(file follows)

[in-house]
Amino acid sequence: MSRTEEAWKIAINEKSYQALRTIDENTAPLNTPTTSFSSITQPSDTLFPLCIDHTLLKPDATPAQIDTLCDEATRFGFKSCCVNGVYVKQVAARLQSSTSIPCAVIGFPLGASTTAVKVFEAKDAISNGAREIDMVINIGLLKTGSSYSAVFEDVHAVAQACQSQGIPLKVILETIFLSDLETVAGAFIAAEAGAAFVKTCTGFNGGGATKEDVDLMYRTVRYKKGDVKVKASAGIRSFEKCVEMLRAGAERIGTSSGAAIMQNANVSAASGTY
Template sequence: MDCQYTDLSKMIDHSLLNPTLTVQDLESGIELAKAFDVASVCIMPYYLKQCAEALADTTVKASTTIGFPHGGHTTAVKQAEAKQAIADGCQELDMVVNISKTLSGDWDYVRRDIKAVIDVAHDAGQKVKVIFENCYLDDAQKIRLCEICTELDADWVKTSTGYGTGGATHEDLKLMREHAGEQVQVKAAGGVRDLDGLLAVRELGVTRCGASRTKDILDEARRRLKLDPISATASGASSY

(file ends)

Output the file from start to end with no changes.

[in-house]
Amino acid sequence: MSRTEEAWKIAINEKSYQALRTIDENTAPLNTPTTSFSSITQPSDTLFPLCIDHTLLKPDATPAQIDTLCDEATRFGFKSCCVNGVYVKQVAARLQSSTSIPCAVIGFPLGASTTAVKVFEAKDAISNGAREIDMVINIGLLKTGSSYSAVFEDVHAVAQACQSQGIPLKVILETIFLSDLETVAGAFIAAEAGAAFVKTCTGFNGGGATKEDVDLMYRTVRYKKGDVKVKASAGIRSFEKCVEMLRAGAERIGTSSGAAIMQNANVSAASGTY
Template sequence: MDCQYTDLSKMIDHSLLNPTLTVQDLESGIELAKAFDVASVCIMPYYLKQCAEALADTTVKASTTIGFPHGGHTTAVKQAEAKQAIADGCQELDMVVNISKTLSGDWDYVRRDIKAVIDVAHDAGQKVKVIFENCYLDDAQKIRLCEICTELDADWVKTSTGYGTGGATHEDLKLMREHAGEQVQVKAAGGVRDLDGLLAVRELGVTRCGASRTKDILDEARRRLKLDPISATASGASSY